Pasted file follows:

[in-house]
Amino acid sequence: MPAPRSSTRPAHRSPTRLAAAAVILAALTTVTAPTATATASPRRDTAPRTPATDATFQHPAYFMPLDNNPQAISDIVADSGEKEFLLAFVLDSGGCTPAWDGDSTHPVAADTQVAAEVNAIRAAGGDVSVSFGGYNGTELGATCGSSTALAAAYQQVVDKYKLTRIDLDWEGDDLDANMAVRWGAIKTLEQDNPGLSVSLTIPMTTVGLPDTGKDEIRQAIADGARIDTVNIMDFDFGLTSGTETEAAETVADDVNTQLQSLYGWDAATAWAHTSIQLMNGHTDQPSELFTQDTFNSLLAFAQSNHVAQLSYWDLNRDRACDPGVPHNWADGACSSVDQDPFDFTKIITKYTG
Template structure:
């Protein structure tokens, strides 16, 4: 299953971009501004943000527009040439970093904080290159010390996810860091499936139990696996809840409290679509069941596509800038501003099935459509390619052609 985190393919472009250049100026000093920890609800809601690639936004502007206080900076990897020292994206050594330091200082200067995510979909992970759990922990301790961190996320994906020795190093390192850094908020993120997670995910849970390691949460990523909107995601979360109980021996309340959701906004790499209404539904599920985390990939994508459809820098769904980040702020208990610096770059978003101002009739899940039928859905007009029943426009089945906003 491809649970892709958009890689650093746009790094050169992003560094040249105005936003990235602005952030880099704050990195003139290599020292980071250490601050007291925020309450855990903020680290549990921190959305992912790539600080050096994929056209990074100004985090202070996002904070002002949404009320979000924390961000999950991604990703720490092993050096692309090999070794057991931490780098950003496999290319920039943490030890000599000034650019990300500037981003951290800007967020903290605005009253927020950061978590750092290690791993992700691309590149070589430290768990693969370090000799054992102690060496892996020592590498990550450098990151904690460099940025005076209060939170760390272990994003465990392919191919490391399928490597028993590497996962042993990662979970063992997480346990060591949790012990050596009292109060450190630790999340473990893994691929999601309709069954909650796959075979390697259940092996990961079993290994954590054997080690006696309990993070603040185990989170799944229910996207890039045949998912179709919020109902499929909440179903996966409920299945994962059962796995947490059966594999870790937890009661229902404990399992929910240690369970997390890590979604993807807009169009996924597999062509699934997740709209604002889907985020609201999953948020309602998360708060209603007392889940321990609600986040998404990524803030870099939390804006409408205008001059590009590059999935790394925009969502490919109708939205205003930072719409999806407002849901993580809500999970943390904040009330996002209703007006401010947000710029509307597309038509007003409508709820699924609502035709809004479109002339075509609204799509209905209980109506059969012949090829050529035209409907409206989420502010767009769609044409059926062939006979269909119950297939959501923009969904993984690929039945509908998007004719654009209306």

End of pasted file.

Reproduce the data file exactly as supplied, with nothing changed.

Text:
[in-house]
Amino acid sequence: MPAPRSSTRPAHRSPTRLAAAAVILAALTTVTAPTATATASPRRDTAPRTPATDATFQHPAYFMPLDNNPQAISDIVADSGEKEFLLAFVLDSGGCTPAWDGDSTHPVAADTQVAAEVNAIRAAGGDVSVSFGGYNGTELGATCGSSTALAAAYQQVVDKYKLTRIDLDWEGDDLDANMAVRWGAIKTLEQDNPGLSVSLTIPMTTVGLPDTGKDEIRQAIADGARIDTVNIMDFDFGLTSGTETEAAETVADDVNTQLQSLYGWDAATAWAHTSIQLMNGHTDQPSELFTQDTFNSLLAFAQSNHVAQLSYWDLNRDRACDPGVPHNWADGACSSVDQDPFDFTKIITKYTG
Template structure:
């Protein structure tokens, strides 16, 4: 299953971009501004943000527009040439970093904080290159010390996810860091499936139990696996809840409290679509069941596509800038501003099935459509390619052609 985190393919472009250049100026000093920890609800809601690639936004502007206080900076990897020292994206050594330091200082200067995510979909992970759990922990301790961190996320994906020795190093390192850094908020993120997670995910849970390691949460990523909107995601979360109980021996309340959701906004790499209404539904599920985390990939994508459809820098769904980040702020208990610096770059978003101002009739899940039928859905007009029943426009089945906003 491809649970892709958009890689650093746009790094050169992003560094040249105005936003990235602005952030880099704050990195003139290599020292980071250490601050007291925020309450855990903020680290549990921190959305992912790539600080050096994929056209990074100004985090202070996002904070002002949404009320979000924390961000999950991604990703720490092993050096692309090999070794057991931490780098950003496999290319920039943490030890000599000034650019990300500037981003951290800007967020903290605005009253927020950061978590750092290690791993992700691309590149070589430290768990693969370090000799054992102690060496892996020592590498990550450098990151904690460099940025005076209060939170760390272990994003465990392919191919490391399928490597028993590497996962042993990662979970063992997480346990060591949790012990050596009292109060450190630790999340473990893994691929999601309709069954909650796959075979390697259940092996990961079993290994954590054997080690006696309990993070603040185990989170799944229910996207890039045949998912179709919020109902499929909440179903996966409920299945994962059962796995947490059966594999870790937890009661229902404990399992929910240690369970997390890590979604993807807009169009996924597999062509699934997740709209604002889907985020609201999953948020309602998360708060209603007392889940321990609600986040998404990524803030870099939390804006409408205008001059590009590059999935790394925009969502490919109708939205205003930072719409999806407002849901993580809500999970943390904040009330996002209703007006401010947000710029509307597309038509007003409508709820699924609502035709809004479109002339075509609204799509209905209980109506059969012949090829050529035209409907409206989420502010767009769609044409059926062939006979269909119950297939959501923009969904993984690929039945509908998007004719654009209306």